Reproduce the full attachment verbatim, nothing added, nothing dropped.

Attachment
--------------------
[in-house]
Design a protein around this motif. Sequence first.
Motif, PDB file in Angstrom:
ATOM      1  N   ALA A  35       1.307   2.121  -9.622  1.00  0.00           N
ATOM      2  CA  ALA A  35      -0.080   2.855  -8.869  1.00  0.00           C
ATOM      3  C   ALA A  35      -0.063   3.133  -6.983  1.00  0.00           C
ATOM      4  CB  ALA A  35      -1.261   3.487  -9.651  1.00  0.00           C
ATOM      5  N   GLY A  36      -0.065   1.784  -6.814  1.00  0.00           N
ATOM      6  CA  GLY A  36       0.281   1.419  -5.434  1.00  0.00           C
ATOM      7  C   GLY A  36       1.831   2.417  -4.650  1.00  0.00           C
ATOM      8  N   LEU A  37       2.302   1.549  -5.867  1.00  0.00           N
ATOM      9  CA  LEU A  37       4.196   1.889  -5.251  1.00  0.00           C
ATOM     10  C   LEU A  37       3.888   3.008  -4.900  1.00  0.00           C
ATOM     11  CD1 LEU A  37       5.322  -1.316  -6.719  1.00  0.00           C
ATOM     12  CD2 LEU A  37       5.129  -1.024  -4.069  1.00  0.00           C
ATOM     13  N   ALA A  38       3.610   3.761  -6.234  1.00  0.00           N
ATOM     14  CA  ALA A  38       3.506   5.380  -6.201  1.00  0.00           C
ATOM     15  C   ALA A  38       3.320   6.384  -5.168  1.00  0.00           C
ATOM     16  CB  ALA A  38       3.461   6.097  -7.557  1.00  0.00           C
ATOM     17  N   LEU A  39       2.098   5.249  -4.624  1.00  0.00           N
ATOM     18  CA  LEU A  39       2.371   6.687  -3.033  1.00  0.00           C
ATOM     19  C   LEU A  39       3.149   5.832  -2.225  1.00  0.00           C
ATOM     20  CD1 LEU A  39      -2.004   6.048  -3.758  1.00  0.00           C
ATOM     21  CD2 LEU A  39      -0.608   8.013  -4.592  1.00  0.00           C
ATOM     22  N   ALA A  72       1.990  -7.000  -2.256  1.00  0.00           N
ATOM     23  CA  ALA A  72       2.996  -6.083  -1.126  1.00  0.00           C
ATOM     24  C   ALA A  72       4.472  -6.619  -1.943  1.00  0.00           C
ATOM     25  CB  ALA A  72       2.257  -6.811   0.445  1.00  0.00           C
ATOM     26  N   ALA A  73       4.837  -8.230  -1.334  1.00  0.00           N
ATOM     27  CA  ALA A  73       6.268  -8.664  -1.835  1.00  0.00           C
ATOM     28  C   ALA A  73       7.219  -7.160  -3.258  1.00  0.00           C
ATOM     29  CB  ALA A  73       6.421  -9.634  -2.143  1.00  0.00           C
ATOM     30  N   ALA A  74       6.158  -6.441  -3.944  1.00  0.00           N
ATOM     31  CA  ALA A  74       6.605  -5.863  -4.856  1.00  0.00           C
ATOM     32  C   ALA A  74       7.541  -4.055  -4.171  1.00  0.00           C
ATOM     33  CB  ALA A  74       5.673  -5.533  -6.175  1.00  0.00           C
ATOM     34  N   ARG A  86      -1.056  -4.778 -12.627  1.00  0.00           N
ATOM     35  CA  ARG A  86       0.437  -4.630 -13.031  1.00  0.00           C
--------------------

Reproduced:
[in-house]
Design a protein around this motif. Sequence first.
Motif, PDB file in Angstrom:
ATOM      1  N   ALA A  35       1.307   2.121  -9.622  1.00  0.00           N
ATOM      2  CA  ALA A  35      -0.080   2.855  -8.869  1.00  0.00           C
ATOM      3  C   ALA A  35      -0.063   3.133  -6.983  1.00  0.00           C
ATOM      4  CB  ALA A  35      -1.261   3.487  -9.651  1.00  0.00           C
ATOM      5  N   GLY A  36      -0.065   1.784  -6.814  1.00  0.00           N
ATOM      6  CA  GLY A  36       0.281   1.419  -5.434  1.00  0.00           C
ATOM      7  C   GLY A  36       1.831   2.417  -4.650  1.00  0.00           C
ATOM      8  N   LEU A  37       2.302   1.549  -5.867  1.00  0.00           N
ATOM      9  CA  LEU A  37       4.196   1.889  -5.251  1.00  0.00           C
ATOM     10  C   LEU A  37       3.888   3.008  -4.900  1.00  0.00           C
ATOM     11  CD1 LEU A  37       5.322  -1.316  -6.719  1.00  0.00           C
ATOM     12  CD2 LEU A  37       5.129  -1.024  -4.069  1.00  0.00           C
ATOM     13  N   ALA A  38       3.610   3.761  -6.234  1.00  0.00           N
ATOM     14  CA  ALA A  38       3.506   5.380  -6.201  1.00  0.00           C
ATOM     15  C   ALA A  38       3.320   6.384  -5.168  1.00  0.00           C
ATOM     16  CB  ALA A  38       3.461   6.097  -7.557  1.00  0.00           C
ATOM     17  N   LEU A  39       2.098   5.249  -4.624  1.00  0.00           N
ATOM     18  CA  LEU A  39       2.371   6.687  -3.033  1.00  0.00           C
ATOM     19  C   LEU A  39       3.149   5.832  -2.225  1.00  0.00           C
ATOM     20  CD1 LEU A  39      -2.004   6.048  -3.758  1.00  0.00           C
ATOM     21  CD2 LEU A  39      -0.608   8.013  -4.592  1.00  0.00           C
ATOM     22  N   ALA A  72       1.990  -7.000  -2.256  1.00  0.00           N
ATOM     23  CA  ALA A  72       2.996  -6.083  -1.126  1.00  0.00           C
ATOM     24  C   ALA A  72       4.472  -6.619  -1.943  1.00  0.00           C
ATOM     25  CB  ALA A  72       2.257  -6.811   0.445  1.00  0.00           C
ATOM     26  N   ALA A  73       4.837  -8.230  -1.334  1.00  0.00           N
ATOM     27  CA  ALA A  73       6.268  -8.664  -1.835  1.00  0.00           C
ATOM     28  C   ALA A  73       7.219  -7.160  -3.258  1.00  0.00           C
ATOM     29  CB  ALA A  73       6.421  -9.634  -2.143  1.00  0.00           C
ATOM     30  N   ALA A  74       6.158  -6.441  -3.944  1.00  0.00           N
ATOM     31  CA  ALA A  74       6.605  -5.863  -4.856  1.00  0.00           C
ATOM     32  C   ALA A  74       7.541  -4.055  -4.171  1.00  0.00           C
ATOM     33  CB  ALA A  74       5.673  -5.533  -6.175  1.00  0.00           C
ATOM     34  N   ARG A  86      -1.056  -4.778 -12.627  1.00  0.00           N
ATOM     35  CA  ARG A  86       0.437  -4.630 -13.031  1.00  0.00           C